Smith warned that workers “become ignorant and insular as their working lives are confined to a single repetitive task” which is the silo-oriented mental state that @Lusis rails against in the opening quote when he says DevOps “means giving a shit about your job enough to not pass the buck”.

DevOps “First Way” emphasises “Systems Thinking” – looking at the larger system as a whole not just your narrow silo view – so the risks raised by Smith and De Tocqueville are valid concerns for DevOps.

So there is a tension here… we need the productivity of specialisation but we don’t want the insular worldview of “extreme division of labour”.

Scrum in Agile software development addresses similar concerns by emphasising cross-functional teams, “Individuals and interactions over processes and tools” and generally focussing on high-bandwidth communication as a way to tear down silos.

DevOps can (and should) emphasise the same solutions to resolve this tension.


DevOps, Death Marches and the Hero Hacker Myth

I’ve been thinking a lot about DevOps culture over the last few weeks which is probably why my ears pricked up when I overheard someone telling a story about an IT project they’d worked on where they did “10 weeks straight, 7 days a week” in order to get the project in on time.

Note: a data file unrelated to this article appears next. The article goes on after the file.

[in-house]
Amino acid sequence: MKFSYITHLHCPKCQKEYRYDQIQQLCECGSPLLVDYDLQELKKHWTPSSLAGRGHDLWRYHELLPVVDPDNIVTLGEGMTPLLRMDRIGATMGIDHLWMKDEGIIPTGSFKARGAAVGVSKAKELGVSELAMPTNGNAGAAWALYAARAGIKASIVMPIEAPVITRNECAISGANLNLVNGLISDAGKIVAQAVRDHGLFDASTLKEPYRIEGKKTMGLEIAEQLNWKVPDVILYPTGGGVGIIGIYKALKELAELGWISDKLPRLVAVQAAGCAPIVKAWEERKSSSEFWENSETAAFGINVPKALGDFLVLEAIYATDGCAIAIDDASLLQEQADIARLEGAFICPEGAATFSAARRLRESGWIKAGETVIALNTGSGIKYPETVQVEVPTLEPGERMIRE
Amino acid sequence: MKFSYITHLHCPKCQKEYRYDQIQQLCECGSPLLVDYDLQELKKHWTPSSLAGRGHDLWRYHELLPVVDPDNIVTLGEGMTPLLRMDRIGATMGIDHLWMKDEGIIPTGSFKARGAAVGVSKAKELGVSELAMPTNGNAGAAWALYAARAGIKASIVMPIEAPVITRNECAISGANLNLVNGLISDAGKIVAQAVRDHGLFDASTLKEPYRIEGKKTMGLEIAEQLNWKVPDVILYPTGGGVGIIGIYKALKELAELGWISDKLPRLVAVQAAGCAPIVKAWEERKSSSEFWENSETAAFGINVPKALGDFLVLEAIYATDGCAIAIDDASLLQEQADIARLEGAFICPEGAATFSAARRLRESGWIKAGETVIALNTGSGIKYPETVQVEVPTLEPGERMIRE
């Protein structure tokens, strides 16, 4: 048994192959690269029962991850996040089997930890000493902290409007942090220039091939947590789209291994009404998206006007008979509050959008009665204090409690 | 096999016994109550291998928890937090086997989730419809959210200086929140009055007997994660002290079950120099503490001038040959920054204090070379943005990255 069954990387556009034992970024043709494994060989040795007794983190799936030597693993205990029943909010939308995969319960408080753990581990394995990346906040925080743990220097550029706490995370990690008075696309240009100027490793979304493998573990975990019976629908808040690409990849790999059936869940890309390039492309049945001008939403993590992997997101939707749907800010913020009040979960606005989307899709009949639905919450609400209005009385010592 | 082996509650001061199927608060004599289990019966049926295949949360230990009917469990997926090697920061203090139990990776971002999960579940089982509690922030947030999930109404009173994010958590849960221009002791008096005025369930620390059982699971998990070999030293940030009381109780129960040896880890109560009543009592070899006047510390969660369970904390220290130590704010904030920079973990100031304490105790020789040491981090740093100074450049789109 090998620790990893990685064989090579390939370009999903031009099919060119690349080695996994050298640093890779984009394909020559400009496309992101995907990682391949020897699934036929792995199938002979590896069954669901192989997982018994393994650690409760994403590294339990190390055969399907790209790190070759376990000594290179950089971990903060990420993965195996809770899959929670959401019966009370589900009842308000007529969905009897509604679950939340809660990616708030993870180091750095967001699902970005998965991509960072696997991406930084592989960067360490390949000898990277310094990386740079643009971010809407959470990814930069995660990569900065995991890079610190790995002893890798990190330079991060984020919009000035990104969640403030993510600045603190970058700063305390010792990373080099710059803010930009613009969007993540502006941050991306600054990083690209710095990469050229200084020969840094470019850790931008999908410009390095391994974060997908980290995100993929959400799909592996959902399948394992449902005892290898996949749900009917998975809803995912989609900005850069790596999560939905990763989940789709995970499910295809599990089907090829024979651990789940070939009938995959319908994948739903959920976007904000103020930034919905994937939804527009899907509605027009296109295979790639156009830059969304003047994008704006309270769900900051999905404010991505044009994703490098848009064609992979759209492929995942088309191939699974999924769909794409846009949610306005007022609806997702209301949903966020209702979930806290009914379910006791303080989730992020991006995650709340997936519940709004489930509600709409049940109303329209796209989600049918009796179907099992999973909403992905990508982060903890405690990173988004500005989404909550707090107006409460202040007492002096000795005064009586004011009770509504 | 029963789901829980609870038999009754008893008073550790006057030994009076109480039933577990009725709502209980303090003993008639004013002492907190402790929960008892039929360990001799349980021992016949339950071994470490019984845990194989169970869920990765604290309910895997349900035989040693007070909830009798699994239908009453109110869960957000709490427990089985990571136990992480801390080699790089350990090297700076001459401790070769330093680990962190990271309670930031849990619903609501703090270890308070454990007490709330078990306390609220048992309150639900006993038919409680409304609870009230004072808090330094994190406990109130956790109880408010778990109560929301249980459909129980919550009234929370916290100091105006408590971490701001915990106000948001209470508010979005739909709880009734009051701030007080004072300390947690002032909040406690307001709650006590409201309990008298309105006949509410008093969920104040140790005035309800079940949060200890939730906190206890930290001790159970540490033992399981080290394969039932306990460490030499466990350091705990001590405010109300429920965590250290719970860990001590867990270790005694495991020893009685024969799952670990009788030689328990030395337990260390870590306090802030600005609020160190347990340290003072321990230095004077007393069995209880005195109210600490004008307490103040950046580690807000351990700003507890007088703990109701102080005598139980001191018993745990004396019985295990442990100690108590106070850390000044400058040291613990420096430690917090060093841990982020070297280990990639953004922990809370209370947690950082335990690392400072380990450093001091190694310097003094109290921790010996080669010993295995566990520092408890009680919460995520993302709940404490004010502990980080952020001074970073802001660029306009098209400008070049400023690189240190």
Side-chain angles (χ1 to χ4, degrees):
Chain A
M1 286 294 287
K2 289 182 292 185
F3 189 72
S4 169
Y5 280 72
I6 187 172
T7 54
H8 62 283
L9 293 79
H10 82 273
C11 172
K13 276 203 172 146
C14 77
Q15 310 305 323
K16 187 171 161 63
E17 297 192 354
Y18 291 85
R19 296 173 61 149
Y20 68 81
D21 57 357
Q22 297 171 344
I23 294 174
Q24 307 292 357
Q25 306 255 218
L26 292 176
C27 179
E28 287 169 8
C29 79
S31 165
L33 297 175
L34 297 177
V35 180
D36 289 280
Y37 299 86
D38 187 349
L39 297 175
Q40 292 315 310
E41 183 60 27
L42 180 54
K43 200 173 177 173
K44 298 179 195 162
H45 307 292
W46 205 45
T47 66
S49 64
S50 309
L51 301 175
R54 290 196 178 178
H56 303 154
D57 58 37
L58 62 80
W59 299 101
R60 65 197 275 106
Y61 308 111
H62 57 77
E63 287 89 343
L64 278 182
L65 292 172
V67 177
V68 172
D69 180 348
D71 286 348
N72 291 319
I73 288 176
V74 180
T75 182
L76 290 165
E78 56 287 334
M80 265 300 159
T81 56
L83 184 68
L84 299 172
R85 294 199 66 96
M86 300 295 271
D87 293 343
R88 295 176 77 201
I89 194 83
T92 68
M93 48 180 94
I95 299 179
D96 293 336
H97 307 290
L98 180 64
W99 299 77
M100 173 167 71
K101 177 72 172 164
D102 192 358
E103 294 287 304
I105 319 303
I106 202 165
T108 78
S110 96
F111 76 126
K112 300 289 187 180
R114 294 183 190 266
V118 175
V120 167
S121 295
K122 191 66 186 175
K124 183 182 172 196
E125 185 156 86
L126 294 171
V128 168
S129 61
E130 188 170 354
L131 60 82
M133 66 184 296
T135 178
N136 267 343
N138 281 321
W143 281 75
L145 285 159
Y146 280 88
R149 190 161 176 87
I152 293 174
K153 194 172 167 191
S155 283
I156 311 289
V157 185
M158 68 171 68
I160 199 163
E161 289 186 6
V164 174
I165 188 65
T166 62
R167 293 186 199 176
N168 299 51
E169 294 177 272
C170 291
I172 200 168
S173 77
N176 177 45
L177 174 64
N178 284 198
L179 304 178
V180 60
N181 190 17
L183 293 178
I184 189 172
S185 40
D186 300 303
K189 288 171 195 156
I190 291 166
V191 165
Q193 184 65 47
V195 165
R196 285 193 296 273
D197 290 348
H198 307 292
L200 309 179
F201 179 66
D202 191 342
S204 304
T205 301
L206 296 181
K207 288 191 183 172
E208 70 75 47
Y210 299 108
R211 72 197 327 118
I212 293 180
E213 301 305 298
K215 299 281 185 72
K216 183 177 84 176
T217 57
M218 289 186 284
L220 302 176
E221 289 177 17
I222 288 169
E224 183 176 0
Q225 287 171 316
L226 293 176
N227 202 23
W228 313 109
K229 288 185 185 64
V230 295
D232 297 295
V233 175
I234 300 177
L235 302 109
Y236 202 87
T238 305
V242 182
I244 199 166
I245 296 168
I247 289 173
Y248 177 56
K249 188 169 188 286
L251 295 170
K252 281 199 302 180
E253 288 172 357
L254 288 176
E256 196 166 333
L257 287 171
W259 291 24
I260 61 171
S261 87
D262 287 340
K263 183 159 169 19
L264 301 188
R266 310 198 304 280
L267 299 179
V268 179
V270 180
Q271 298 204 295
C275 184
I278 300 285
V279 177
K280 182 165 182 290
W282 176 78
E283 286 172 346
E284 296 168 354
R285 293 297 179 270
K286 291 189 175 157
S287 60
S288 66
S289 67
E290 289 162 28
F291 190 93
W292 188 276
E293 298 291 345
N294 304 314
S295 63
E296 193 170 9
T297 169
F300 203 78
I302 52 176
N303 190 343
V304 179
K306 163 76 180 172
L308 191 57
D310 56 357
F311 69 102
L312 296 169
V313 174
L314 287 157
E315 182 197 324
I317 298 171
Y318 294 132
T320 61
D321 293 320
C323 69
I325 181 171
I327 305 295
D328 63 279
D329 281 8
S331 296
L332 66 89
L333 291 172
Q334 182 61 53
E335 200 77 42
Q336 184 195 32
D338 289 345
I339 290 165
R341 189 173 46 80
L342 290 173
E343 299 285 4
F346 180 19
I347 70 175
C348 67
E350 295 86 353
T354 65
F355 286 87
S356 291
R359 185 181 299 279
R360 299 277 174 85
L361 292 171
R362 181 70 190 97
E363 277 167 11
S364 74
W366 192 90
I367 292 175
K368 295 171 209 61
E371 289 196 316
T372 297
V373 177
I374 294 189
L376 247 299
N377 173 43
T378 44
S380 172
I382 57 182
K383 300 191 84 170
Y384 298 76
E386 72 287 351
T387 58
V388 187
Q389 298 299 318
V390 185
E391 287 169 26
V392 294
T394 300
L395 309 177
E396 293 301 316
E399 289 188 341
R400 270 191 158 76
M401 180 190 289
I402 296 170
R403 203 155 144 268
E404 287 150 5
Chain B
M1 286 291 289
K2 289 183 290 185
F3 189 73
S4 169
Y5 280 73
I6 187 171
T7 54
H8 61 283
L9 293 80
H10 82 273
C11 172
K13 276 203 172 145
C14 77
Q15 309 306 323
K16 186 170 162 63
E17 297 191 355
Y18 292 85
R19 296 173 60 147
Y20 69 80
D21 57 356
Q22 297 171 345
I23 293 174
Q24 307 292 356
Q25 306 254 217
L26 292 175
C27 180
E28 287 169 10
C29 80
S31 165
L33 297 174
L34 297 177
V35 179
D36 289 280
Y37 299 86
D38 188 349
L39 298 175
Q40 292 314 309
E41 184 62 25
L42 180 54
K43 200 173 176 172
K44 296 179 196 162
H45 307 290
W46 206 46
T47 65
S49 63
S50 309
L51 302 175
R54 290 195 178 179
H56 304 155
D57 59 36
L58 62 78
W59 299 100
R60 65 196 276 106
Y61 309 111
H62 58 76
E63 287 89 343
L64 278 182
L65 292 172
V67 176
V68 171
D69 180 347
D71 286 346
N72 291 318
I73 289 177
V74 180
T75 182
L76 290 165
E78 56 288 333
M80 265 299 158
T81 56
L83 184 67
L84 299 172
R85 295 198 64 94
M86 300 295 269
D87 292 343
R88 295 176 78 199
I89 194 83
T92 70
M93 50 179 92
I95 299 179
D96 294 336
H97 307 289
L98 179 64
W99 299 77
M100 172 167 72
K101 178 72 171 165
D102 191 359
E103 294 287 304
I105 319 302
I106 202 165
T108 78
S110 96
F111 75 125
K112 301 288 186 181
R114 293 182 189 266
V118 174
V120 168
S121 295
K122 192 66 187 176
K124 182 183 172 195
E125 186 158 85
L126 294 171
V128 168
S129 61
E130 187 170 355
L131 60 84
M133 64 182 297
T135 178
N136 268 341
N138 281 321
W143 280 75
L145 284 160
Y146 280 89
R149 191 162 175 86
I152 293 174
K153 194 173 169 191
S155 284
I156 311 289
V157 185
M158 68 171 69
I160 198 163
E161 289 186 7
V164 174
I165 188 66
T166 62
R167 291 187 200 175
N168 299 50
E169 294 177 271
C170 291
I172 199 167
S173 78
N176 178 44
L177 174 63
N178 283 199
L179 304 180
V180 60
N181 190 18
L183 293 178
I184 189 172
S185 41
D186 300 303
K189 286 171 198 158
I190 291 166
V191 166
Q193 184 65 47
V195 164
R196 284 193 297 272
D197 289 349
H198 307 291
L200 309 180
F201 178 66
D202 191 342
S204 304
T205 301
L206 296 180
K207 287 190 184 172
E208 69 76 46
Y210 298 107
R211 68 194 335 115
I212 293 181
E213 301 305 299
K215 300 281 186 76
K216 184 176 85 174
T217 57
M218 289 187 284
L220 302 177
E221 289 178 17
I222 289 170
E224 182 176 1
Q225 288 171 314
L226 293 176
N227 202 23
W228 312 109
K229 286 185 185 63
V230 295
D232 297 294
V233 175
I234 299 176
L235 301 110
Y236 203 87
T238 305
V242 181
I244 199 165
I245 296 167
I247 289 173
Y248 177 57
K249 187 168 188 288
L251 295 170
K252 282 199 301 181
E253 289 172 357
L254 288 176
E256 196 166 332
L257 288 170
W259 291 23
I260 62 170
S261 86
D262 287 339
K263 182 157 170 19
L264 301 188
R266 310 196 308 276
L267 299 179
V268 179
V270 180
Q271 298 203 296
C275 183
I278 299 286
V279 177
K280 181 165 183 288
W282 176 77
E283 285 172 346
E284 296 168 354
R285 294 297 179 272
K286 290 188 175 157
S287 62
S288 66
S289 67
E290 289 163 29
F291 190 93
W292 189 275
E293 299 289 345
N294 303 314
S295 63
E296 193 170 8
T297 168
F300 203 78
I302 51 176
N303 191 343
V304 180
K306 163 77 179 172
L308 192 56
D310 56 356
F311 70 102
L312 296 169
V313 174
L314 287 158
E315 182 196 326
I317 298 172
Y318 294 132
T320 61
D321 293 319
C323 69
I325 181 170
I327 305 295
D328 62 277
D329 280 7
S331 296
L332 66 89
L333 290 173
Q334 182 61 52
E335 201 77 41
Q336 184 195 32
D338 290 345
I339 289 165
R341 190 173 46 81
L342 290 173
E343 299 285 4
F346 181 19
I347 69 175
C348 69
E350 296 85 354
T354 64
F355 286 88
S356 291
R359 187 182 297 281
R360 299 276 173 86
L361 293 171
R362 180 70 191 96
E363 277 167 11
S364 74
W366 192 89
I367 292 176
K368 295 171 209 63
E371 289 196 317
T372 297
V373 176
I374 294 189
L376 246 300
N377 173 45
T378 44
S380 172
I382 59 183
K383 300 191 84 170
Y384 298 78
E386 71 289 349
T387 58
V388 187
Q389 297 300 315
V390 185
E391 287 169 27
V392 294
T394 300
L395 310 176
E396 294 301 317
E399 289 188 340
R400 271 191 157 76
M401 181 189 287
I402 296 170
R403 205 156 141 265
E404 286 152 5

These types of stories are a key part of any organisations culture – they form part of the mythology that defines the cultural norms and “the way things are done” within the organisation and can tell you a lot about its values.

In this case the speaker, judging by his tone of voice, was very proud of the effort they’d put in and the fact they’d managed to “pull it out of the bag” with such a super-human effort.

After all, the project was a success, right?

Death Marchs

My perception, from the outside, was a bit different. To me it sounded like a “death march project”, which Ed Yourdon defines as:

“A death march project is one for which an unbiased, objective risk assessment (which includes an assessment of technical risks, personnel risks, legal risks, political risks, etc.) determines that the likelihood of failure is ~ 50 percent.” – Edward Yourdon

Wikipedia goes on to say:

Often, the death march will involve desperate attempts to right the course of the project by asking team members to work especially grueling hours (14-hour days, 7-day weeks, etc) or by attempting to “throw (enough) bodies at the problem”, often causing burnout.
– Wikipedia “Death march (project management)

Sound familiar?

Hero Hacker Myths

Closely related to the “Death March” is the “Hero Hacker Myth”, neatly described here by Rob Mee: